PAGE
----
Review of the Hunter Cat Portable Credit Card Skimmer Detector
Credit card skimmers are a common and easy way for criminals to steal your credit card data. They work by adding a second magnetic reader…
Credit card skimmers are a common and easy way for criminals to steal your credit card data. They work by adding a second magnetic reader head behind the legitimate one, which makes them extremely difficult to notice. Credit card skimmers can be on any credit card reader, which means every transaction has the potential to put you at risk. Luckily, the Hunter Cat portable credit card skimmer detector can help you, and I got my hands on one to test out.
Hunter Cat was developed by Salvador Mendoza, a security researcher, and manufacturer Electronic Cats as an easy way for normal people to find credit card skimmers before a transaction. Hunter Cat is advertised as being extremely easy to use: just insert the credit card-like device into any card reader, and an LED will light up within a second to let you know if a credit card skimmer has been detected. Of course, I wanted to see for myself if it’s actually that simple.
The first thing you’ll notice when the Hunter Cat arrives is that it’s packaged very nicely. That may not be important to the device’s functionality, but it does indicate an attention to detail and quality that is reassuring — this isn’t just a relabeled commodity product. The device itself is also attractive, and the PCB that makes up the “card” is very well manufactured. With the aesthetics out of the way, I needed to see how easy the Hunter Cat was to actually use.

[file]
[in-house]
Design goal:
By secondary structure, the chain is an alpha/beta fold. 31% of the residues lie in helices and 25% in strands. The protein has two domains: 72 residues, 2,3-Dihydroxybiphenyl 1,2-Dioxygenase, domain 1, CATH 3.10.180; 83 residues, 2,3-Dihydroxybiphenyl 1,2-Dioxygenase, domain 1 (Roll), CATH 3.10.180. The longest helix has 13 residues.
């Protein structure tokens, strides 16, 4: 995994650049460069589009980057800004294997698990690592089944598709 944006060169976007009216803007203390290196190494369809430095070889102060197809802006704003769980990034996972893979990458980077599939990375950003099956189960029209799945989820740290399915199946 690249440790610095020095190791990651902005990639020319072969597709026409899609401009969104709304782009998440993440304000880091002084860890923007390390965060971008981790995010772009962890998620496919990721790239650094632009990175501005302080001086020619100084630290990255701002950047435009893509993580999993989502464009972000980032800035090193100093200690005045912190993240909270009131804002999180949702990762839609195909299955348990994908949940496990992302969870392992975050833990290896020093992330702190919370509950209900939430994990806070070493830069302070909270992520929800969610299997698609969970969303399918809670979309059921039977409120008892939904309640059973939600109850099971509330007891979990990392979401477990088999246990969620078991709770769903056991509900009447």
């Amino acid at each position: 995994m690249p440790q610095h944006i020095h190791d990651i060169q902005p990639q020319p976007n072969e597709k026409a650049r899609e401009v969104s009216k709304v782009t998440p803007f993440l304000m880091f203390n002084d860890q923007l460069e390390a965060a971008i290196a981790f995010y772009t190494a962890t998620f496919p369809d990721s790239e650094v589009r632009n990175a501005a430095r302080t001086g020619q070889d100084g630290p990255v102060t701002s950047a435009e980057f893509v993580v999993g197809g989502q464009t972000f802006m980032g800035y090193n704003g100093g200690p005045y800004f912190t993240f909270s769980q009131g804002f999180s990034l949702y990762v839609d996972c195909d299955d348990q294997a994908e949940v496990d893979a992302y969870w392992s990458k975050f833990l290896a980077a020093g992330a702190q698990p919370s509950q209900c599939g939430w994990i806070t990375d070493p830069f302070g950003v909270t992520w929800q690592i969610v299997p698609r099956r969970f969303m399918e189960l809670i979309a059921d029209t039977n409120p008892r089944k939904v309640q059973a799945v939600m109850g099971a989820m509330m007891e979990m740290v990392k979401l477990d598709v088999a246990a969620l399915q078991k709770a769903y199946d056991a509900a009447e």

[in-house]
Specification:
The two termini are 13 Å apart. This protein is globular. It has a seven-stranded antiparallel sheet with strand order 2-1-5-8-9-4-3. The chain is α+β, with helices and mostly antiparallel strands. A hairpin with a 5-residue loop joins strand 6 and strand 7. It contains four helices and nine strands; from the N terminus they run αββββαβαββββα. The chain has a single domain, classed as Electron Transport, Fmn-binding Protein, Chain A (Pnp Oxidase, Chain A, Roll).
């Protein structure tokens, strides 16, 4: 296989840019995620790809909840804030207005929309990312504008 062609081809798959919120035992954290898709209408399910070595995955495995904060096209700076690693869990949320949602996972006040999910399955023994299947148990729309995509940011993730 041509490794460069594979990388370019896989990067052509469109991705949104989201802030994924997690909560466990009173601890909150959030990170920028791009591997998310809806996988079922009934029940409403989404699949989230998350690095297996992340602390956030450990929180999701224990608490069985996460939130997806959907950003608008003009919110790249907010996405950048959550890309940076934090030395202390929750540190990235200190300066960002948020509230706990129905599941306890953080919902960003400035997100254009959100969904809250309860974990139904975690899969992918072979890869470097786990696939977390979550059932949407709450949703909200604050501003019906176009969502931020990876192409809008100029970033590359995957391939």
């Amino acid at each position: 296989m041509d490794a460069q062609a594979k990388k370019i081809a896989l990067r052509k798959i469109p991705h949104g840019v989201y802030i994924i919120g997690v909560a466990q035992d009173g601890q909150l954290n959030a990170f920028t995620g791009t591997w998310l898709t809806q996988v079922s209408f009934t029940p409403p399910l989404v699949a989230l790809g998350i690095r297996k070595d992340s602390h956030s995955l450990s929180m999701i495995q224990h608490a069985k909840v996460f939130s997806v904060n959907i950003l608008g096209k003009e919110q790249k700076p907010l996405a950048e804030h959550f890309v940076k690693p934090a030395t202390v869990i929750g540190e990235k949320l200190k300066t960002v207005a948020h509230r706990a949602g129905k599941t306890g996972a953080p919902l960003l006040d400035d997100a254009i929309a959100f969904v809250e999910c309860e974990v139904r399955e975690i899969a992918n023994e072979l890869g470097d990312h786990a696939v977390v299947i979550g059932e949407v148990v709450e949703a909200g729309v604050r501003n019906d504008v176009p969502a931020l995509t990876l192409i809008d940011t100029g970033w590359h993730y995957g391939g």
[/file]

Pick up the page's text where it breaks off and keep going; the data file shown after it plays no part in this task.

Getting the device ready is as simple as inserting the included CR2032 battery into the slot. That battery should be good for months of use. Once that’s inserted, the LEDs will then blink to let you know it’s ready. Before inserting Hunter Cat into a credit card reader, you just give the single button a quick press. That leads me to my first minor complaint: that button is small and right next to the battery holder, making it slightly difficult to push — at least for people with fat fingers like me. However, you do have 15 seconds to use the card after pushing the button, so that’s only a minor inconvenience.
To see if it could actually detect a credit card skimmer, I went to a few local gas stations around St. Petersburg, Florida. Unfortunately, I wasn’t able to find any skimmers in the wild. At every reader, Hunter Cat indicated that no skimmer was detected. That said, the theory behind the device’s detection hardware, which is handled by a Microchip SAM D11 microcontroller, is sound. I’m confident that it would have picked up a skimmer if one was present.
My only other complaint about the Hunter Cat is that it’s longer than a regular credit card, so there is no way to fit it into a standard folding wallet. As Mendoza explains, that length is necessary for you to keep a firm hold on the card in order to stop some ATMs from “eating” it. But that does make it more difficult to carry around. Personally, I’ll just be keeping mine in my car’s glove box.
Hunter Cat was in pre-sale for a limited time, but now they’re gearing up for a full production run. When it goes on sale it will only cost a mere $29.90, which makes it an affordable way to protect your credit cards.